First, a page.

Late Breaking News
With Wider Use of Electronic Records, the Era of ‘Big Epidemiology’ Is Upon Us
Jonathan Samet, MD
BETHESDA, MD — As technology advances and the ability of researchers to collect and compute larger and larger amounts of data increases, the face of epidemiology is slowly but surely changing.
This new kind of epidemiology involves many scientists partnering to study vast amounts of data and tease out scientific conclusions that would have been impossible only 10 years ago. As more health care systems move to electronic health records, and existing systems like VA begin to fully leverage their EHRs to track health trends, this trend in epidemiology is likely to continue.
Speaking on the topic of “big epidemiology” last month on the campuses of NIH, Jonathan Samet, MD, a professor at the University of Southern California and newly appointed NCI advisory committee member, said he defined “big” not only in terms of study size but in the questions these studies seek to answer. From the health perspective, “big” can refer to the size of the disease burden, the population exposed, the costs to society and the future risk of disease.
“And there are some big questions that society expects epidemiologists to answer,” Samet said. Those include: “Should I learn about my genes? What chemicals cause cancer? How is pollution damaging?” and “What happens to veterans as a result of military service?”
“Even the question of whether cell phones cause cancer — we should be able to generate some information that will provide a sufficiently suitable answer to this question on safety,” Samet said.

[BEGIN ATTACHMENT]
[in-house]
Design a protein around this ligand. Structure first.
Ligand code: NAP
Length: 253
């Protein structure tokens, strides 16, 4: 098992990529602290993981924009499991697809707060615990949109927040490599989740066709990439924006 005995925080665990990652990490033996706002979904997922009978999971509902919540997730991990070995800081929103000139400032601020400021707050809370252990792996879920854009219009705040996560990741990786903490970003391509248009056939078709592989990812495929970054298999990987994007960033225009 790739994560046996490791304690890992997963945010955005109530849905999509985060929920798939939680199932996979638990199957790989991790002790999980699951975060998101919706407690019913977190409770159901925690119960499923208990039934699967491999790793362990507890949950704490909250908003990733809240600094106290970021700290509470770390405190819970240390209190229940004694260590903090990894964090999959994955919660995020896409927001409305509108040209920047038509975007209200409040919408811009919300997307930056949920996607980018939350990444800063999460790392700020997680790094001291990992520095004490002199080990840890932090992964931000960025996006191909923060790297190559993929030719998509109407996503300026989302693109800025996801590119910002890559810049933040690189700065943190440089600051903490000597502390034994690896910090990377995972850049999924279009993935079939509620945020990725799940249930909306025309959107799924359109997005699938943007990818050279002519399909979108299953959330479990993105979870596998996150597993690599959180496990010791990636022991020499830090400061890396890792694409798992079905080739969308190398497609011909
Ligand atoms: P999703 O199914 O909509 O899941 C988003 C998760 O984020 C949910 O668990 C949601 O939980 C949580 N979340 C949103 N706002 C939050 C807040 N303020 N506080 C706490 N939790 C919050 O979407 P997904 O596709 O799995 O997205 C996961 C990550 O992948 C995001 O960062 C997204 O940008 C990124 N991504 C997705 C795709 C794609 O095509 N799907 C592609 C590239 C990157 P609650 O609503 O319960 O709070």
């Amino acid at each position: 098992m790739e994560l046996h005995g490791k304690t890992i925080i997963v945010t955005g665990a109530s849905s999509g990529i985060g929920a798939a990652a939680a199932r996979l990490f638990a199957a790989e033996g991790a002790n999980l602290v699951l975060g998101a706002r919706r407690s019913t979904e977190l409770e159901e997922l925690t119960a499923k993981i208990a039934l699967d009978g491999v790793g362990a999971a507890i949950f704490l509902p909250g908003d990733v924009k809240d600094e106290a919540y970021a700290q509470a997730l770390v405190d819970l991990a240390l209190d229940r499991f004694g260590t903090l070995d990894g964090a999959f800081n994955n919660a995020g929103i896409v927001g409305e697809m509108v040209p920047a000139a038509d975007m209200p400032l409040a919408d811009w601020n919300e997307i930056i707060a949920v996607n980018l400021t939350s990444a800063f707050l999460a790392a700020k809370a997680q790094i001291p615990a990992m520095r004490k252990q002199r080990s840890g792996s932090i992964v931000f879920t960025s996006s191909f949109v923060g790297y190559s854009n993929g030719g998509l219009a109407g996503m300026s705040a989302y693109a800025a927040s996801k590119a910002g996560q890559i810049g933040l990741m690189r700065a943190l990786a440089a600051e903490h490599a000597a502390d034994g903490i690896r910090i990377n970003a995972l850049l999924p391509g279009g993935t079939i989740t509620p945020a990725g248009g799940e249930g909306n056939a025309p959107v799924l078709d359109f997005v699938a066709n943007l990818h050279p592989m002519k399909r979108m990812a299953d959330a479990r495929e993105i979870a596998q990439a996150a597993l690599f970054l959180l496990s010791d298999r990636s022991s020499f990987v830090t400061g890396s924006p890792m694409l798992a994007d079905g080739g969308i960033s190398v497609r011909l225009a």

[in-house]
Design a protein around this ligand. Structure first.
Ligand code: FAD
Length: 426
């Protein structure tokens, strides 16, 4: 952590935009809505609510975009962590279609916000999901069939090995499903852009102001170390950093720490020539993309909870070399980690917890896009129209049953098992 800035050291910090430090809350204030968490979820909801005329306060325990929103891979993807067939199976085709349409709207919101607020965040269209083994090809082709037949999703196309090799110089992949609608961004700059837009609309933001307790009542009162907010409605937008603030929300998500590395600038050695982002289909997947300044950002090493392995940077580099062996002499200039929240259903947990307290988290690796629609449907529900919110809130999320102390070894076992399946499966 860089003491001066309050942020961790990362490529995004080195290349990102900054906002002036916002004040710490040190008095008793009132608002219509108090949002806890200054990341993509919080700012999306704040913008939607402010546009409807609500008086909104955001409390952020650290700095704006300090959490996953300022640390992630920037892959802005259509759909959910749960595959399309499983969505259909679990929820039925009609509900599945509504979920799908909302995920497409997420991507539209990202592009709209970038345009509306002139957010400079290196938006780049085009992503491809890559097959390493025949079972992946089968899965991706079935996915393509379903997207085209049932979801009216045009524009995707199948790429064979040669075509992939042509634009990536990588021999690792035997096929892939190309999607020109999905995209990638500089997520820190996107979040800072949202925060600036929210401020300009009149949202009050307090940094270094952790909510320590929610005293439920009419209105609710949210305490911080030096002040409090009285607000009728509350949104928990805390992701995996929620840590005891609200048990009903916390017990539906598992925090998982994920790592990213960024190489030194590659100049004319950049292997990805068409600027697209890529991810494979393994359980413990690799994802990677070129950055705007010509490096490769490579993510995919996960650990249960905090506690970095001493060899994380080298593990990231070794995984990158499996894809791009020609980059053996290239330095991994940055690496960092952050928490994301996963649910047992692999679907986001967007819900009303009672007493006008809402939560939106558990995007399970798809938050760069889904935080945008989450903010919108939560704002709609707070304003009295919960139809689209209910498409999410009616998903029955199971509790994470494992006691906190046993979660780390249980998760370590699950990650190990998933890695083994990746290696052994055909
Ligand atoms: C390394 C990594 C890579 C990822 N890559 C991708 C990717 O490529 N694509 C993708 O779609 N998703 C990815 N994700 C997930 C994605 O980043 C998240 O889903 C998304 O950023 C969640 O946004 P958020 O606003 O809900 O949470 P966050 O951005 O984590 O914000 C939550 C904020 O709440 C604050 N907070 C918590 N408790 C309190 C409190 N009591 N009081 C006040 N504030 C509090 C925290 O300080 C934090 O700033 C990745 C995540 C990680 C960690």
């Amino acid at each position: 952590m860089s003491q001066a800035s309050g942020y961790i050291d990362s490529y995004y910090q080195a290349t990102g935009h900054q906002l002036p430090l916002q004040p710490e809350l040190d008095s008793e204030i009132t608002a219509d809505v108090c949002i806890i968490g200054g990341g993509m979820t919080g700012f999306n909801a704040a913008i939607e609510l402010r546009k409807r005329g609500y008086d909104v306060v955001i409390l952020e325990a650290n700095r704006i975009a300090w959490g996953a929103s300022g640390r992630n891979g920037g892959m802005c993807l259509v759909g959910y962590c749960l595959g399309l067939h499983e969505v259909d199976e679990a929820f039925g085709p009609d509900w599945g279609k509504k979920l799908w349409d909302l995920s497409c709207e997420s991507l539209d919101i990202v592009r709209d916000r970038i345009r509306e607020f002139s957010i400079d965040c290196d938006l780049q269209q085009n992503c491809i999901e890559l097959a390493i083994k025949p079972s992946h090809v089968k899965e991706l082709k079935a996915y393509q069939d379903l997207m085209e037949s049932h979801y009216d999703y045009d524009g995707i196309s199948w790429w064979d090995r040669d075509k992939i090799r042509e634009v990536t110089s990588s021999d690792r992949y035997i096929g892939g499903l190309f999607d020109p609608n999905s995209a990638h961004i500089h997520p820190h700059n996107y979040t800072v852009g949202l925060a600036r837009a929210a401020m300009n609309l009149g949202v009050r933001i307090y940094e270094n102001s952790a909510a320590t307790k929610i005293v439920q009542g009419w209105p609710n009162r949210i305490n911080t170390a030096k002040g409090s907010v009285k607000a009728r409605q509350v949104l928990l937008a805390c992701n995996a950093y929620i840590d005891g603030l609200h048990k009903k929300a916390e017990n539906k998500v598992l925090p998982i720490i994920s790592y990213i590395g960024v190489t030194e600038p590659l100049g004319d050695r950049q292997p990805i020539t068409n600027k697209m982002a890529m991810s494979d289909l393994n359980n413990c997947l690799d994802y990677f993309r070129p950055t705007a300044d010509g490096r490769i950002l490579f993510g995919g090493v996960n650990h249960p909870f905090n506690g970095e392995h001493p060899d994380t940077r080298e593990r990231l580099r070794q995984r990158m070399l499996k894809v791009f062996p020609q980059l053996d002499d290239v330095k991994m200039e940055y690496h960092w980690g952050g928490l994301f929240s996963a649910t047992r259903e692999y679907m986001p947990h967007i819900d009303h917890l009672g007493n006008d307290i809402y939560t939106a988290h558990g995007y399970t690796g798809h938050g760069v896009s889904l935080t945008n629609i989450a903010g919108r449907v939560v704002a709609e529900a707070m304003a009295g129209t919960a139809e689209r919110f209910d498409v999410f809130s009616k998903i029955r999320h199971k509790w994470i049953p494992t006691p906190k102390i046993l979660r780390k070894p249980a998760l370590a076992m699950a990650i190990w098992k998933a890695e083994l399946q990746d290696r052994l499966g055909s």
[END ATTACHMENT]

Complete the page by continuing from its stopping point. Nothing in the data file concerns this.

From Small to Big
“Not so long ago, scientists could answer big questions with small studies — looking at lung-cancer risk and smoking, and breast-cancer risk and so on. In those days, one investigator could start one study and finish it,” Samet said.
Epidemiology had its start in the middle of the 19th century, with London scientists examining cholera transmission. In the early days, epidemiologists were focused on germs and micronutrients, Samet said. This changed mid-century after scientists recognized the dangers of epidemics. Then there was a shift to social epidemiology at the turn of the century, and now the science is moving on to new things.
“We’re now in an era of transition, which is driven in part by technology,” Samet said. “We have very large data sets now and the ability to do computation like never before.”
In his own work on air pollution, Samet began using a compilation of data sets collected by various organizations, rather than relying on just one. “We turned to national resources. We looked at the monitoring system maintained by the Environmental Protection Agency, and we looked at Medicare data to examine hospitalization and air pollution, and we looked at data from all available cities and not just one,” Samet said. “We were able to look at how mortality is impacted by pollutants in the air, based on data from 54 million people. That’s something we could not have done 10 or 15 years ago. My first air pollution study was in the 1980s, and examining one city was computationally challenging at the time."